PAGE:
Just like with any big change, be it positive or not, in some ways I am ready to leave the home I have created for myself here in Mexico, and in others I am not. When it comes to being a teacher, I have one foot and most of my body out the door. Teaching is not what I want to be doing and it feels unnaturally confining and restricting in so many ways. Most weekdays, I feel a sense of stress and tension related to my classes. When I have exams to grade, even if they take me five minutes a piece, I feel a looming sense of pressure to get those puppies graded ASAP and I feel guilty if I even think about reading a book for pleasure if I have things to grade. When it’s Sunday, I don’t even for a minute feel like I can just chill the fuck out because I have prep work to do for class. When I have to prepare a PowerPoint presentation, I go over it several times to make sure I am prepared enough to give it, and still I know that my armpits will sweat buckets when I am giving it in class. Are they going to ask me questions about the material that I don’t know the answer to? If I don’t know the answer, they will probably think that I’m not a good teacher and that I’m not credible because I don’t know the material back and front. These are thoughts that play through my mind throughout the year over and over again. They plague me, restrict me, leave me tense and stressed and stunted in my personal creativity and productivity. Ya, I am so ready to be done teaching. In that way, I am ready to get the heck out of Dodge now. 

But in another way, a very very big way, I can’t stand the thought of saying goodbye to the community of warm-hearted, caring, loving friends I have made in the past two years. When I bought my plane ticket yesterday, it felt as though my insides were simultaneously weeping/shriveling up/collapsing. Something in the very center of my chest was going wild as I confirmed my departure from my Mexican home back to the Pacific Northwest city where I grew up. It is a moment that seems so far from now, like there is still so much time between now and then. But I know that July 22nd will come by faster than a heartbeat for time is a funny thing; it goes by in the blink of an eye when we think it will take ages and light years to pass. I do not look forward to this event. I do not want to leave my friends, I want to take them with me. Miniaturize them so I can put them in the pockets of my dresses and take them with me wherever I go. You know, like those plastic Shrinkables we would color on and then put in the oven to shrink them and then wear them around as necklaces or bracelets (note to self: look into shrinking my friends…). I want to not say good bye, or hasta luego. I just don’t. So I won’t futurize about my feelings when I leave, prematurely write about how sad I am going to be while feeling those emotions before they have arrived. Instead, I am going to live up my last 8 weeks here and cherish every moment I spend with my girlfriends. I’ll let myself be sad about Voldemort if I need to be sad about Voldemort, because the contrary, denying and internalizing feelings, is an unhealthy recipe for a desmadre de Margarita (damn mess of Maggie). And trust me, we do not want any of those.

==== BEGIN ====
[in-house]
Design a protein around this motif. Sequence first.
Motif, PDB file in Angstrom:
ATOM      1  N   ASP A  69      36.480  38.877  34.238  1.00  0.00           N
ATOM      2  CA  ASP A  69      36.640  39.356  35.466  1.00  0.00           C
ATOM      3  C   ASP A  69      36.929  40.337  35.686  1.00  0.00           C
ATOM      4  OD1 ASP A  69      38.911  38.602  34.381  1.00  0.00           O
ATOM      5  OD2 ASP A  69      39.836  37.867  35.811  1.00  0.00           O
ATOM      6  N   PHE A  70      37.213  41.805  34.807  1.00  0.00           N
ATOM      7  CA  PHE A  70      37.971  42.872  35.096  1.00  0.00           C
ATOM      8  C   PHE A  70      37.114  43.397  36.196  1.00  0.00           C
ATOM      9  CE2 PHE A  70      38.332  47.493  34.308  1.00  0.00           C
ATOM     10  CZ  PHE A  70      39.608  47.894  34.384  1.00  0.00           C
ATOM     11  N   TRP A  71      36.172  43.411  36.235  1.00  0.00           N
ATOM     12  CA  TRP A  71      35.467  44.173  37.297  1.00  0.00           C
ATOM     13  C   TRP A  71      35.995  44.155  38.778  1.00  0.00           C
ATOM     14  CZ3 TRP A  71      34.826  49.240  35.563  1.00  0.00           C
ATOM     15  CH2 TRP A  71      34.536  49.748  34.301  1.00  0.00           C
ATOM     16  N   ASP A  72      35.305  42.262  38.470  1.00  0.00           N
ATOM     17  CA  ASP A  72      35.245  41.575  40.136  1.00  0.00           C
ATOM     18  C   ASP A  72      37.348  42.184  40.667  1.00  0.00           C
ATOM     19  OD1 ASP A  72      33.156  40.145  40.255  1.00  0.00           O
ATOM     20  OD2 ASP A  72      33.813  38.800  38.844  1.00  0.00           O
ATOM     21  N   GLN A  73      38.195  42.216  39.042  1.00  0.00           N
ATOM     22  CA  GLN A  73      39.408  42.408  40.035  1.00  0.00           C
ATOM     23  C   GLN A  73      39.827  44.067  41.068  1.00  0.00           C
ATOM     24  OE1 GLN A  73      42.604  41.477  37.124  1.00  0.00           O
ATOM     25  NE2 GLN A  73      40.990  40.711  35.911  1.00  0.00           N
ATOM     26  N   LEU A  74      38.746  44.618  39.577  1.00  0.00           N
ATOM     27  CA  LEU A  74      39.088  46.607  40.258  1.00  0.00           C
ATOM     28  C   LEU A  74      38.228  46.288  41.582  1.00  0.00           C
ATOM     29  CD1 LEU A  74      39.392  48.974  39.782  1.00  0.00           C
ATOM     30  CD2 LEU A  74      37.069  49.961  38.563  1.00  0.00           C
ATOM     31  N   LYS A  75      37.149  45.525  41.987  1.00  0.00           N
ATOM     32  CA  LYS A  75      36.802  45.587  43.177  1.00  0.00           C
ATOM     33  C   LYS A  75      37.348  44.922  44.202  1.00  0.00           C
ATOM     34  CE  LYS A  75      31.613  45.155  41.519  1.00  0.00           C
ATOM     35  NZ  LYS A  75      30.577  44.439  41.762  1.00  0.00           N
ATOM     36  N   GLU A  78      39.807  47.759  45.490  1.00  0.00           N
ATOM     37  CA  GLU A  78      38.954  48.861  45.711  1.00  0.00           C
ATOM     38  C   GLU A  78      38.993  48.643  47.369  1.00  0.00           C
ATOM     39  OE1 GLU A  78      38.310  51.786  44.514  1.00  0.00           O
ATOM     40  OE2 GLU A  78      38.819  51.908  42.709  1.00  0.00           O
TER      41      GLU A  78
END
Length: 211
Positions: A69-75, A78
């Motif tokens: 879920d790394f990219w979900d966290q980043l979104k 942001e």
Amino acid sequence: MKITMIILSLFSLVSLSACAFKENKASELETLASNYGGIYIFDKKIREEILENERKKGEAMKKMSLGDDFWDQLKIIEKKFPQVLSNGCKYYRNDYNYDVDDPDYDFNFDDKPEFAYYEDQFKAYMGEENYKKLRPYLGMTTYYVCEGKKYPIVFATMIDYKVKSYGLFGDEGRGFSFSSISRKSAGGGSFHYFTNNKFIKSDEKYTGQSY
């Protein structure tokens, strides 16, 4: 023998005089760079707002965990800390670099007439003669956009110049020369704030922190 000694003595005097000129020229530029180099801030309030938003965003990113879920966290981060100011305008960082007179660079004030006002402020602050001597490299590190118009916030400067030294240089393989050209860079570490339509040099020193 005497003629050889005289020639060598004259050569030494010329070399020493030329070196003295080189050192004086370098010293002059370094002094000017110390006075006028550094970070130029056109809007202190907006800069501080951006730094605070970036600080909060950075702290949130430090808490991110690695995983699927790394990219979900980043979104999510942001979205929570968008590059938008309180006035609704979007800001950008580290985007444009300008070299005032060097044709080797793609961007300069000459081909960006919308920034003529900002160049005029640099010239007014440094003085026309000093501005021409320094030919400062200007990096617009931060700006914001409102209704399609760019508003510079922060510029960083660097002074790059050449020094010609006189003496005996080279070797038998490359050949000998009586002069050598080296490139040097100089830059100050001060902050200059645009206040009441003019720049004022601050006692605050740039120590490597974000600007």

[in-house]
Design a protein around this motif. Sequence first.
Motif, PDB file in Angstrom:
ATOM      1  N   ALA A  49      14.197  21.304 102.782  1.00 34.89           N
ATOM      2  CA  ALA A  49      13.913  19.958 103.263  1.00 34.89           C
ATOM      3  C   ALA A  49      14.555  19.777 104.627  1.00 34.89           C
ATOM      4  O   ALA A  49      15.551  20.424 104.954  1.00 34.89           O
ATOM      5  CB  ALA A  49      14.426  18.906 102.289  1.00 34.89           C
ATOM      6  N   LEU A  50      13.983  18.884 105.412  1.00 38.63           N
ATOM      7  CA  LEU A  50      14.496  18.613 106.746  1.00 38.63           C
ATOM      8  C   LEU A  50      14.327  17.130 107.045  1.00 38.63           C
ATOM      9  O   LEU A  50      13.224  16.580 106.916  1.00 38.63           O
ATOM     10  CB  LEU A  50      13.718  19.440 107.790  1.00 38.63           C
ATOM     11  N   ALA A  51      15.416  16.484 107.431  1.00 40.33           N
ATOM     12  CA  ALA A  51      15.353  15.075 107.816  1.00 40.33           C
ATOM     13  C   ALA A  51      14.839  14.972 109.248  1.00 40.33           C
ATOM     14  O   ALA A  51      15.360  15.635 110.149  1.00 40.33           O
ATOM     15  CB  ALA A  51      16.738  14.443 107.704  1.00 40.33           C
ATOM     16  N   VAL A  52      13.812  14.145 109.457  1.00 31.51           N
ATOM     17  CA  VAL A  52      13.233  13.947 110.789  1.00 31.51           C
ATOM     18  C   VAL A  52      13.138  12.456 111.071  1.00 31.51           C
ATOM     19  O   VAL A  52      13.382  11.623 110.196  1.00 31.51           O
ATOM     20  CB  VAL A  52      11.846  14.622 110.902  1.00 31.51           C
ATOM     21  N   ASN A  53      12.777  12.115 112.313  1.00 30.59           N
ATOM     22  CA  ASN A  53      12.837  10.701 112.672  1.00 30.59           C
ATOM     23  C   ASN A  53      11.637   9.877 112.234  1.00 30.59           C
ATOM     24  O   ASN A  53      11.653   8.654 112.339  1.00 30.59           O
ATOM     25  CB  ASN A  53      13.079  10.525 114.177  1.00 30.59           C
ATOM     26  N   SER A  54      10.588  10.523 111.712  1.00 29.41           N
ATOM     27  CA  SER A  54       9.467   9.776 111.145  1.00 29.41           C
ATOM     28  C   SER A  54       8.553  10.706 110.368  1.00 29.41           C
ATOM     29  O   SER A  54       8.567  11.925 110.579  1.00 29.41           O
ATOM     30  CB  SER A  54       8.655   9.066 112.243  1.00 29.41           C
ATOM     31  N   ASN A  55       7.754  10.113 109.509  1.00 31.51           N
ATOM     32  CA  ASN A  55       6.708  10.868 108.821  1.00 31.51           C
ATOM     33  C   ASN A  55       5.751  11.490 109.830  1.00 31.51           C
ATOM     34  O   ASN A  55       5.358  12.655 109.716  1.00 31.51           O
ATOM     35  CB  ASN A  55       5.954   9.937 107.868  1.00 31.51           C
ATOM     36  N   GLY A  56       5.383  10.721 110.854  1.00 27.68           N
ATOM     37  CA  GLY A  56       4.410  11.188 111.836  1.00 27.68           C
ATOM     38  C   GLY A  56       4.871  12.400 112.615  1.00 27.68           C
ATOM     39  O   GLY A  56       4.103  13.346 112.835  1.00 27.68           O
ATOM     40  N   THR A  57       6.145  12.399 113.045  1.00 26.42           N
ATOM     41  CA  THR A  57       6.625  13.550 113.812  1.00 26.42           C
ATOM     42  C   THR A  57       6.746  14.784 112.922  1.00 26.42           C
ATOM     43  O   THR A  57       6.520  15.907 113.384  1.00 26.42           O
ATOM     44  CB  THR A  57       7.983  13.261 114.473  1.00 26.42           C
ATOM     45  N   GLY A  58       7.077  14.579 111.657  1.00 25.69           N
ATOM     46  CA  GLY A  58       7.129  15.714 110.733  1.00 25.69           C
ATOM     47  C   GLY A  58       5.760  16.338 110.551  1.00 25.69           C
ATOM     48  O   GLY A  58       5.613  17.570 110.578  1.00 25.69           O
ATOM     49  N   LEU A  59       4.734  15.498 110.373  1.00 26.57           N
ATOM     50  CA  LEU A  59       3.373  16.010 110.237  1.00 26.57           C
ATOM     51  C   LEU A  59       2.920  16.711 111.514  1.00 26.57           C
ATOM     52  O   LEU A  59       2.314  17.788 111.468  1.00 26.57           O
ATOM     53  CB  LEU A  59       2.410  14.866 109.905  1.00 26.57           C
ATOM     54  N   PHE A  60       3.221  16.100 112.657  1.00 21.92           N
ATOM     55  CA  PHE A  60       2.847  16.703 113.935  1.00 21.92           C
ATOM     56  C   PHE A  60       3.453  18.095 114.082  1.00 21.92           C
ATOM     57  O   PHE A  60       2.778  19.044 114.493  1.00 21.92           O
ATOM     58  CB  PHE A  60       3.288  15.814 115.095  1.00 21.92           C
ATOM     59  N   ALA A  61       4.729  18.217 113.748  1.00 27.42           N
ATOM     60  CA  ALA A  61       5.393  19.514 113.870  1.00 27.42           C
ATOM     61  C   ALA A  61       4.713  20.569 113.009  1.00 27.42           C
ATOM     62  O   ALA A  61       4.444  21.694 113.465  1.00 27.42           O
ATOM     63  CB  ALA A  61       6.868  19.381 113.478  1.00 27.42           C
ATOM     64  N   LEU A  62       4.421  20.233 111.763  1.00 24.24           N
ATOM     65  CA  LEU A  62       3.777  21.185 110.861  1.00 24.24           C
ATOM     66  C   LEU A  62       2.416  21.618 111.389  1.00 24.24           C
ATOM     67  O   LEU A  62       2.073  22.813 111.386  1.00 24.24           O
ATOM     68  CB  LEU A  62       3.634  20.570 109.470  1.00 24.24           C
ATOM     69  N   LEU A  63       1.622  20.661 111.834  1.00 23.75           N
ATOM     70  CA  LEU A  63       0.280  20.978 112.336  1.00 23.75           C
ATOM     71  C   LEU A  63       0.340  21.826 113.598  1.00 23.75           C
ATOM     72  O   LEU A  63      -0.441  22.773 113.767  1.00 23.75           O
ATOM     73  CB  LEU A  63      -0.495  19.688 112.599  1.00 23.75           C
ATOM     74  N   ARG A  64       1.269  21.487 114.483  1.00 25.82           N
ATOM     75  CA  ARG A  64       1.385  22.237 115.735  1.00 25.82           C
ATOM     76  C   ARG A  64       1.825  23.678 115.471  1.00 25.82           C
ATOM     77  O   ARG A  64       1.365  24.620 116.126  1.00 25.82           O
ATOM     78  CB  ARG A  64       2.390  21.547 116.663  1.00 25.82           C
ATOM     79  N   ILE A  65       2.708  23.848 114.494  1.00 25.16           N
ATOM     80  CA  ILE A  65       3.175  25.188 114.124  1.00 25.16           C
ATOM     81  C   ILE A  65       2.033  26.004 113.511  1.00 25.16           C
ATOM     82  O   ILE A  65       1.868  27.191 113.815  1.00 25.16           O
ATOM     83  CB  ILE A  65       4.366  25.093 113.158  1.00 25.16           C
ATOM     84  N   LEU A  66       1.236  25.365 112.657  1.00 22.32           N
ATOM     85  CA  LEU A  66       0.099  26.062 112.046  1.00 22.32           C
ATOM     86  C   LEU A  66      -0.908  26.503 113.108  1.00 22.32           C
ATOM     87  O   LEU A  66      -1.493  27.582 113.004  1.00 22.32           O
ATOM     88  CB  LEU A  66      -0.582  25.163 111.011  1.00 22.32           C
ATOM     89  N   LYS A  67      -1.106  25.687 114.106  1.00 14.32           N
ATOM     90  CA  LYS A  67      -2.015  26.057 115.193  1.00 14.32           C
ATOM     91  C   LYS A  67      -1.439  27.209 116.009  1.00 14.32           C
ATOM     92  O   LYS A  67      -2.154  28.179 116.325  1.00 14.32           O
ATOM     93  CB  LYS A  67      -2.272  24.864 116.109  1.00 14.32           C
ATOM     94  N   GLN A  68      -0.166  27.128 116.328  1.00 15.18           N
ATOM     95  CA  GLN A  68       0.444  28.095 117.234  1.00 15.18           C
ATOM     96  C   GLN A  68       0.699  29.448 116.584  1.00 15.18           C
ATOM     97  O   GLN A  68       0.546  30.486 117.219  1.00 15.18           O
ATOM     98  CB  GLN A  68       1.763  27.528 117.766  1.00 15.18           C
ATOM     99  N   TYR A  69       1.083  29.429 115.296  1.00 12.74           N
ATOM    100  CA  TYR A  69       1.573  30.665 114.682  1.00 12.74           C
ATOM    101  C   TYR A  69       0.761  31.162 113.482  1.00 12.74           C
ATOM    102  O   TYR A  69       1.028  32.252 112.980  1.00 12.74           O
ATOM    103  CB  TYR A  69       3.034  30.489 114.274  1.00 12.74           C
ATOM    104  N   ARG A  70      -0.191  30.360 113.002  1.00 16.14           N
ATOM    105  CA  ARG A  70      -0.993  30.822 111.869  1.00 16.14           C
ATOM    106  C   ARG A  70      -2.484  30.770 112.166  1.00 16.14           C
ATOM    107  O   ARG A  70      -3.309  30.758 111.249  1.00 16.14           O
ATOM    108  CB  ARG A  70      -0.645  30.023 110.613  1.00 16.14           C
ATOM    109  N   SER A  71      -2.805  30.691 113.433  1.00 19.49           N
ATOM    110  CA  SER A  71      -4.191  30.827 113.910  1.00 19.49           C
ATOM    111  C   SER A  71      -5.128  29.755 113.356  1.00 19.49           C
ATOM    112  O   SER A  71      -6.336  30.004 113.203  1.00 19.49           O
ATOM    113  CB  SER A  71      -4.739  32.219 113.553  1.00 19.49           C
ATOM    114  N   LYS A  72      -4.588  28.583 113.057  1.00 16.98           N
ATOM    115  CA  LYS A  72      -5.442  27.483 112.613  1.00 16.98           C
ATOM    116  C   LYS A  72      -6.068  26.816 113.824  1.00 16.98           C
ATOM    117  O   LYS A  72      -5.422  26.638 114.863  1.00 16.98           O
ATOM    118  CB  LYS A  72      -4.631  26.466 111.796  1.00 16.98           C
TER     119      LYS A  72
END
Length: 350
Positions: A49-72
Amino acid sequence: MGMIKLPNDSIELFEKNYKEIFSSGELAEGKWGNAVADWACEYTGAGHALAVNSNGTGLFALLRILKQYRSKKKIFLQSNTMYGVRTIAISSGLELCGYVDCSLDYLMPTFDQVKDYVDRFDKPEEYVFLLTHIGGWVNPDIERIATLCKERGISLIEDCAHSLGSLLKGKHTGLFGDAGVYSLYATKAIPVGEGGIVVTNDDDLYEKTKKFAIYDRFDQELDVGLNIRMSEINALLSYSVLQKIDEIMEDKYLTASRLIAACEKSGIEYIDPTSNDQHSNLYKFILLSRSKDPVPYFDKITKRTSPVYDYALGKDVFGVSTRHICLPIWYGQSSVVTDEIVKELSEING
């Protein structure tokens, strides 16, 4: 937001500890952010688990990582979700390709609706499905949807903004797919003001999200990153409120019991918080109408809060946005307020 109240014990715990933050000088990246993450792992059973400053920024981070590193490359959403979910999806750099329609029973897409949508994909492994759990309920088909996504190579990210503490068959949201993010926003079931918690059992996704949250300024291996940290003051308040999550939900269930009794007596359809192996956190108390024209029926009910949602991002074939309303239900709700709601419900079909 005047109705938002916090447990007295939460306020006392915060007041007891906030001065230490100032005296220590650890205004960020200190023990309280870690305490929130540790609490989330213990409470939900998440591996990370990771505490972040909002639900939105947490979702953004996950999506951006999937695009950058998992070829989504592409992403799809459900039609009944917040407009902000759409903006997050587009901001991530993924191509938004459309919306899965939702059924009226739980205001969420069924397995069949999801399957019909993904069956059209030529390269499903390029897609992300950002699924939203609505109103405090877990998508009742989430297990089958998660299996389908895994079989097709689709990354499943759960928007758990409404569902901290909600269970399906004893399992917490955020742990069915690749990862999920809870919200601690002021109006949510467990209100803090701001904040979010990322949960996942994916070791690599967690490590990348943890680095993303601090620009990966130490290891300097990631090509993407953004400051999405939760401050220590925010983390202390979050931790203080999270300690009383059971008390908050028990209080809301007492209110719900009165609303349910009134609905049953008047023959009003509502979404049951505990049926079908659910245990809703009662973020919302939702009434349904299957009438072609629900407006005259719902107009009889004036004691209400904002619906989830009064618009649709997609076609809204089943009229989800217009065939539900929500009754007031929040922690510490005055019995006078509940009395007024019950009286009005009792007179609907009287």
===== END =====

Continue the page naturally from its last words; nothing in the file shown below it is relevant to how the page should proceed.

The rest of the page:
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“Pick the day. Enjoy it – to the hilt. The day as it comes. People as they come. The past, I think, has helped me appreciate the present and I don’t want to spoil any of it by fretting about the future.” – Audrey Hepburn